DEFENSIVE PLAYER OF THE YEAR

Kurt Helin: Joel Embiid
This is the most wide-open race on the board — two of the expected frontrunners (Kawhi Leonard and Rudy Gobert) have missed time with injuries, and defending DPOY Draymond Green has been good but not quite his elite self. Embiid has been elite — the Sixers are 7.7 points per 100 possessions better defensively when he is on the floor, allowing less than a point per possession — but I don’t feel good about it because of all the time missed. That said, he is a defensive force. Green, Andre Roberson, and others could easily win this award.

Dan Feldman: Joel Embiid
Presumed candidates Kawhi Leonard and Rudy Gobert have missed too much time with injury, and reigning champion Draymond Green isn’t quite locked in defensively. So, I guess that leaves Embiid, who’s effective protecting the rim and switching onto the perimeter while on the court. His missed games and somewhat limited minutes reduce his defensive impact, but nobody else has jumped into the forefront. Maybe that changes in the second half.

Dane Carbaugh: Draymond Green
Despite what Green says, it’s still not immediately clear that Kevin Durant is more important to the Warriors’ defense than he is. Green had a monster year on defense last season, and is still close to where he was a year ago despite some eye-popping stats from Durant, whose blocks are through the roof. Andre Drummond should get a mention here, too, as he has suddenly become the league leader in defensive rating, defensive box plus/minus, and defensive win shares. If that continues, perhaps we’re talking about Drummond here at the end of the year.

SIXTH MAN OF THE YEAR

Kurt Helin: Lou Williams
Williams made his point Wednesday night dropping 50 on the Warriors (as a starter for a night, but still) — Los Angeles is still in the playoff hunt in the West despite a rash of injuries because of Williams. He has been the classic “gunner off the bench” sixth man. Eric Gordon could get in the mix for this award if the Rockets can ever get healthy and send him back to the bench regularly, he has started too much so far. Tyreke Evans has been good as well.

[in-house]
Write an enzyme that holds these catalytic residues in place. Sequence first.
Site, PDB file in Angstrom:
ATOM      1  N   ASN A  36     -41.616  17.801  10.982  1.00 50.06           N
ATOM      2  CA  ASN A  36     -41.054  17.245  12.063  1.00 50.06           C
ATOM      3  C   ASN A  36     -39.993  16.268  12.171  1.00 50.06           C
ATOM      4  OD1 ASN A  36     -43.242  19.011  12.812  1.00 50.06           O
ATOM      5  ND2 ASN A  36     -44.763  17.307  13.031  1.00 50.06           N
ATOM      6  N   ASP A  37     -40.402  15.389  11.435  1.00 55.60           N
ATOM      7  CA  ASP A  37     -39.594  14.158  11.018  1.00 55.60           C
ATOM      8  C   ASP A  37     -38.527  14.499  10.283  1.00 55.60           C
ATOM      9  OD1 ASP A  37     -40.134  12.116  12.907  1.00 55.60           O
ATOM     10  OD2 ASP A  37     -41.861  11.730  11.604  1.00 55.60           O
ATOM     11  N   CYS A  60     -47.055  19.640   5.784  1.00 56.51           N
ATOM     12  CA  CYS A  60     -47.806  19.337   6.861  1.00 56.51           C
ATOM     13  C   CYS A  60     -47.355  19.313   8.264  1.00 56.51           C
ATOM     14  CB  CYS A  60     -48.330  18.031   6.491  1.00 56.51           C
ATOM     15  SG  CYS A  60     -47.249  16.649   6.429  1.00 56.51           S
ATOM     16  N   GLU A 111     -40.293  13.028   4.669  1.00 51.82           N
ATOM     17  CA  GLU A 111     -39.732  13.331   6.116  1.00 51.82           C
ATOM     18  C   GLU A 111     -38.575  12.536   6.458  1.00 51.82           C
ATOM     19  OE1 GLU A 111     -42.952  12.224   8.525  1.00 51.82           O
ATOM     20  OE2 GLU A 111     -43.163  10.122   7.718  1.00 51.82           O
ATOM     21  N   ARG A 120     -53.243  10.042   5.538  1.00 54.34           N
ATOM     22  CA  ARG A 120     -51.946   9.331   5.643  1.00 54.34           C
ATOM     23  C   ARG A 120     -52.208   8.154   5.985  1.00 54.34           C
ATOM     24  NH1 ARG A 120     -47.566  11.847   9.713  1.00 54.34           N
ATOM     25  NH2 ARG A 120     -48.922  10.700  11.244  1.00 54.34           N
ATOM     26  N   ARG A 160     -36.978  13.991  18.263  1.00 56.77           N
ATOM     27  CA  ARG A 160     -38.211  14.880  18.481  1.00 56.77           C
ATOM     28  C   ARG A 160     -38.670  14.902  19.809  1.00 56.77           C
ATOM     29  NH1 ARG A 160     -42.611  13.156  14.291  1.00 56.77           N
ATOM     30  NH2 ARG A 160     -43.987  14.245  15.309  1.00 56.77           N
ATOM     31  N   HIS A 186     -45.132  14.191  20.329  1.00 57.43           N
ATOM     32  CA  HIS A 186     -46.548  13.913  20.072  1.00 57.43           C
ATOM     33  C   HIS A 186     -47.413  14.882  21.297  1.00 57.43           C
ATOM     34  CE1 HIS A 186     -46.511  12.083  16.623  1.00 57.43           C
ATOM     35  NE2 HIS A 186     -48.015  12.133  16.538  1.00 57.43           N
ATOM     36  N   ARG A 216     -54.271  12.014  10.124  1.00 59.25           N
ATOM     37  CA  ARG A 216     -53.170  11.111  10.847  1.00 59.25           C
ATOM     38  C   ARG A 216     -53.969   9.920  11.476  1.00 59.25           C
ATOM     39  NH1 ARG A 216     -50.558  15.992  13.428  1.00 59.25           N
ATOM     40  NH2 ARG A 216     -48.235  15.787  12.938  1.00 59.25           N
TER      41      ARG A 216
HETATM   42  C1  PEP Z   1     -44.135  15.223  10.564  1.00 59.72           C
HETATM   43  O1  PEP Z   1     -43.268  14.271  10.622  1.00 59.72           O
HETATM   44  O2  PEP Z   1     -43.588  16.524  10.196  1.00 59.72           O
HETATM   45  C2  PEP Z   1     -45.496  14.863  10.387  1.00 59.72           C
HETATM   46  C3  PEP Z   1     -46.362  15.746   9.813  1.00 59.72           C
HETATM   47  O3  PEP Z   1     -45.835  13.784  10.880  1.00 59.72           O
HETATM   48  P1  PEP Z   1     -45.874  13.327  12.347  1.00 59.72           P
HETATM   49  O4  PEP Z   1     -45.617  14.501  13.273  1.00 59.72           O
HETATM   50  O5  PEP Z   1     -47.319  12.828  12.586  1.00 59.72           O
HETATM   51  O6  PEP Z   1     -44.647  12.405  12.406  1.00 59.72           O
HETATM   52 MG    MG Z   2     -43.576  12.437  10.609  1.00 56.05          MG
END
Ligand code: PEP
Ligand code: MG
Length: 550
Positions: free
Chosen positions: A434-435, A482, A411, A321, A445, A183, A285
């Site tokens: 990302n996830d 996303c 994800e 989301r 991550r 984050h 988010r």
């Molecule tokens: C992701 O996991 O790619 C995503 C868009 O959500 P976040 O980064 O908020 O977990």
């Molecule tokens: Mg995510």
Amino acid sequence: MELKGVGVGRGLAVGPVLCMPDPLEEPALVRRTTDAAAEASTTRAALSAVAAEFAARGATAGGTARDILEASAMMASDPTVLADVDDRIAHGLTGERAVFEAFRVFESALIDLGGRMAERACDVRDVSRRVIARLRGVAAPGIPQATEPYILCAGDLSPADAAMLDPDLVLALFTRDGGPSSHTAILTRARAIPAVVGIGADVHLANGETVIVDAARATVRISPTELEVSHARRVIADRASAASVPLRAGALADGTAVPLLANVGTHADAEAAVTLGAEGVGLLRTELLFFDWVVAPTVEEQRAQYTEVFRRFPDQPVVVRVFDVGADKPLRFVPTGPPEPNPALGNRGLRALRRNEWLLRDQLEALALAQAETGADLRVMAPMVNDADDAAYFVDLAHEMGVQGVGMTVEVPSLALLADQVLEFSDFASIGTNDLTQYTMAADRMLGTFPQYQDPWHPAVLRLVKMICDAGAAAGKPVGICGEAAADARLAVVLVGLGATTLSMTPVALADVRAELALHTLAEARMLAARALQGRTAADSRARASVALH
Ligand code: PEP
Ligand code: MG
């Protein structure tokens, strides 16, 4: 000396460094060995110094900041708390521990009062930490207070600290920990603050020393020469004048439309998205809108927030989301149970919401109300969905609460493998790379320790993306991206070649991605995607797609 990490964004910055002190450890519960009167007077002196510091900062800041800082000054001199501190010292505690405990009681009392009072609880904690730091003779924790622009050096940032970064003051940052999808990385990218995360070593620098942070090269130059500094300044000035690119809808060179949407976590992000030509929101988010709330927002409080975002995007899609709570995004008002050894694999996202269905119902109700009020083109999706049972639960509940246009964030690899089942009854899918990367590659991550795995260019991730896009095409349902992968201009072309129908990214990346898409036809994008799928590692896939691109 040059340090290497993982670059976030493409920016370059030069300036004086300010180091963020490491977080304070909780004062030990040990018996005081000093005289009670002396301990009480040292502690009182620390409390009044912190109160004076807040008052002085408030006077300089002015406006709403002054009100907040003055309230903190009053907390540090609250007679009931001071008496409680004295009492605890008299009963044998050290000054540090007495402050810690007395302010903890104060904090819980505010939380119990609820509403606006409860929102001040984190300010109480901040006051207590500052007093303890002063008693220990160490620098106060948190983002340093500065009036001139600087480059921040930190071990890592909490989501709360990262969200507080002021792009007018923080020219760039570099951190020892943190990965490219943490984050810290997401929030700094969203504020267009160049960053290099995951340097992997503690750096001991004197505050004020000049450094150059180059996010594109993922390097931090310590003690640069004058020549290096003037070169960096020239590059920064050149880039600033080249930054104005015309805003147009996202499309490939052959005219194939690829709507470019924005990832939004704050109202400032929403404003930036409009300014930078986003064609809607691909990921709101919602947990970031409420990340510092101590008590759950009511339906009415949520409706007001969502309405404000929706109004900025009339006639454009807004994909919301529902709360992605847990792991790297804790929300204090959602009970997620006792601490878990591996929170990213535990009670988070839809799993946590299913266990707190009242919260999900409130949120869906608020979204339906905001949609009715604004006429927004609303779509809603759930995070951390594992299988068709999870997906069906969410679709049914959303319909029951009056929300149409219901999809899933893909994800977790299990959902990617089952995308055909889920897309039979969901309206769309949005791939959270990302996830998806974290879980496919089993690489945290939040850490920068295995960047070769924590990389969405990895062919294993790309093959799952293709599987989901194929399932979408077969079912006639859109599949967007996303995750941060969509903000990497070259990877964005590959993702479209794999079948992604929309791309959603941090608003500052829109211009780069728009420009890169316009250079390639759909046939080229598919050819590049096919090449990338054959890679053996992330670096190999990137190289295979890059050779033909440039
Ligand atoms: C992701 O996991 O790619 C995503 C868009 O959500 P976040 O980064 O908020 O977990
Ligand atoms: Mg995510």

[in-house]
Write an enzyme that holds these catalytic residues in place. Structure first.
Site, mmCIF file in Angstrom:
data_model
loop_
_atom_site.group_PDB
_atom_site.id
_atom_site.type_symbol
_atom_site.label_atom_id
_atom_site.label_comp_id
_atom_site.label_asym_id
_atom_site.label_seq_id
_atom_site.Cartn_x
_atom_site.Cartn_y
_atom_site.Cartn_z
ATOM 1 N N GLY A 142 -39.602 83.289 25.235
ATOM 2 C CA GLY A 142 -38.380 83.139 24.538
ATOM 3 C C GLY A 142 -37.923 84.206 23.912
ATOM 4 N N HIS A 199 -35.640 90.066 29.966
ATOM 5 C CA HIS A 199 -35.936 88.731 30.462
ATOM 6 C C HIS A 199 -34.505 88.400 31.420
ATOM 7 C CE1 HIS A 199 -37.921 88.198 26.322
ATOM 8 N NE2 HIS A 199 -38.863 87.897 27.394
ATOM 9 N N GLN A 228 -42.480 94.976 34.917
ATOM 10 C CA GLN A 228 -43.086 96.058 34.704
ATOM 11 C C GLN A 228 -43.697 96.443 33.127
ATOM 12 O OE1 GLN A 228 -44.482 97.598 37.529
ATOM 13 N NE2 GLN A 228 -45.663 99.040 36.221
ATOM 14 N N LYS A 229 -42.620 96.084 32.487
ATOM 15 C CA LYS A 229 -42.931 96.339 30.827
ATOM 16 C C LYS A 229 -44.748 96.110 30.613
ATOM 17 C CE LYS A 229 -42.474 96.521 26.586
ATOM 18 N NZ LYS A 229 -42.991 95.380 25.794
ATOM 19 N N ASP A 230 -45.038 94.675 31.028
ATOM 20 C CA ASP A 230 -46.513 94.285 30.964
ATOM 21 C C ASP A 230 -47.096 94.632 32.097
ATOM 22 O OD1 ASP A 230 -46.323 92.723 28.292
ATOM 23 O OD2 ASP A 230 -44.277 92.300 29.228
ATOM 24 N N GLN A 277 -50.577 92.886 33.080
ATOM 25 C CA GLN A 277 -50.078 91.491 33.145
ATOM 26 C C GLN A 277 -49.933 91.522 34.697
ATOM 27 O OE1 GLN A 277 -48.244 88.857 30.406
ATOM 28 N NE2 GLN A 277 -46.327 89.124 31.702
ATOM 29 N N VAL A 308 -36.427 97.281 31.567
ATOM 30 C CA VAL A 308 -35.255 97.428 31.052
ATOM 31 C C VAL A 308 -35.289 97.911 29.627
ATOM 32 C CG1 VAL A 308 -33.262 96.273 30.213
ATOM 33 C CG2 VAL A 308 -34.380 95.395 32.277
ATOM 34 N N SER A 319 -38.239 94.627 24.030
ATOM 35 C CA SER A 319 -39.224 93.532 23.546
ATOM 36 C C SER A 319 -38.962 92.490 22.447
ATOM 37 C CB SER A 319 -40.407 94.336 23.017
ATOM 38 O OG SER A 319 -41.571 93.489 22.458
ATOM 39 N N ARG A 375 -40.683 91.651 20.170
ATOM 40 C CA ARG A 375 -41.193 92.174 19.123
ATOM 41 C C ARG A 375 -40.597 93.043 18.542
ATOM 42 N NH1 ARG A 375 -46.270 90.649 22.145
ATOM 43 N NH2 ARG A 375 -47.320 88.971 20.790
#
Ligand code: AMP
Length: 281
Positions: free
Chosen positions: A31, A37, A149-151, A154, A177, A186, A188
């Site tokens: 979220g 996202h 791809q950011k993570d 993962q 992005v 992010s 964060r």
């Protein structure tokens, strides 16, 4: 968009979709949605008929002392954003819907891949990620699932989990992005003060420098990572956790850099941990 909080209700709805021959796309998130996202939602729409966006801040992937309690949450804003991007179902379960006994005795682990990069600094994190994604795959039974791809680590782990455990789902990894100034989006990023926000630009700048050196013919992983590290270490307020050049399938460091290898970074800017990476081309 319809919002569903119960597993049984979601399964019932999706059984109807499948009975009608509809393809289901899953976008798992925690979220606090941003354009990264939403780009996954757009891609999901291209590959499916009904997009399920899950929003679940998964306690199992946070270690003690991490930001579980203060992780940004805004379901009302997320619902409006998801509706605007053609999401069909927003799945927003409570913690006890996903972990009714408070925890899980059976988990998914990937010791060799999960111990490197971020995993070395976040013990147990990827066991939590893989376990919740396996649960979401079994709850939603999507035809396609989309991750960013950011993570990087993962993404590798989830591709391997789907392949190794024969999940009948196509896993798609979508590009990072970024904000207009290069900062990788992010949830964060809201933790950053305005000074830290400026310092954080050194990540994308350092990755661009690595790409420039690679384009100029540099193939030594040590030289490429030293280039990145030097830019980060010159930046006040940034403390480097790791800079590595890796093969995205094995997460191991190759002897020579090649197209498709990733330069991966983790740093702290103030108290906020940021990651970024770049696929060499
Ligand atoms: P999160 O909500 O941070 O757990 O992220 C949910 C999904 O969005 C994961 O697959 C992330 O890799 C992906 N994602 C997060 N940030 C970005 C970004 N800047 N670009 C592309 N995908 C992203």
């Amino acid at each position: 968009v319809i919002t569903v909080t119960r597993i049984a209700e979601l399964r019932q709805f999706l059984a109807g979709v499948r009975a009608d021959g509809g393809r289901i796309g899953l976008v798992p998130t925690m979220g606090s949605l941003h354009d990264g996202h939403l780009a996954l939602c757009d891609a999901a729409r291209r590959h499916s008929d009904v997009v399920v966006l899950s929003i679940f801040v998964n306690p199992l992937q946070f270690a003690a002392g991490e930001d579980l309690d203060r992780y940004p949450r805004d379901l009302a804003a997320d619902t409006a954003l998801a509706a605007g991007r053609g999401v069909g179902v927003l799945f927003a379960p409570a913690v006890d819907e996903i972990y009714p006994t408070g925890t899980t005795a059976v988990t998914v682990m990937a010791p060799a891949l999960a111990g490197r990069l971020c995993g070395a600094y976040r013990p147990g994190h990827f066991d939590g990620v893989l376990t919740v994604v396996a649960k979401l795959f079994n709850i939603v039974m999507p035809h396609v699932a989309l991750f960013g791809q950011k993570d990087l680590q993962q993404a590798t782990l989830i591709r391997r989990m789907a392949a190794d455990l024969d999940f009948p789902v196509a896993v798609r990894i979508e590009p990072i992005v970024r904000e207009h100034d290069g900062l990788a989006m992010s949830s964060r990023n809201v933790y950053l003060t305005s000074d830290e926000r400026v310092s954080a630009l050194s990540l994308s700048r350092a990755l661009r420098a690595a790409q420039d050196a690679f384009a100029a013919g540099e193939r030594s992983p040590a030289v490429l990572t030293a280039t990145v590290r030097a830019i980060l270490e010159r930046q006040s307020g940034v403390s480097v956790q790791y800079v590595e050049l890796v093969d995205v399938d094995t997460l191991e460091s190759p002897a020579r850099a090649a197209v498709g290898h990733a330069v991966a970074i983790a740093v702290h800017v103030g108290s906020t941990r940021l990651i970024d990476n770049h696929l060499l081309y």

Dan Feldman: Lou Williams
Williams has provided steady, big scoring for the Clippers, who badly need it amid all their injuries. Given that he’s producing in the way most appreciated by voters — scoring — expect him to run away with the actual honor come spring (or summer if the NBA hasn’t given up on its award show).

Dane Carbaugh: Lou Williams
Williams is still one of the best players off the bench in the NBA and he’s having an even better offensive season this year in LA than he did for Houston in 2016-17. His 3-point shooting and assist percentages are up, and his offensive box plus/minus is strong. Is he a net positive? Yes, barely. But Williams is also extremely important for a hobbled Clippers squad lacking CP3, Blake Griffin, and Danilo Gallinari. That sticks it for me.

COACH OF THE YEAR

Kurt Helin: Brad Stevens
Two coaches have found ways to keep winning despite radically shaken up rosters, Stevens in Boston and Gregg Popovich in San Antonio, and that speaks to both the job they have done this season and the culture both have built with their franchise. Third on my ballot right now would be Dwane Casey in Toronto, but there are other coaches on the fringe of this discussion having strong seasons.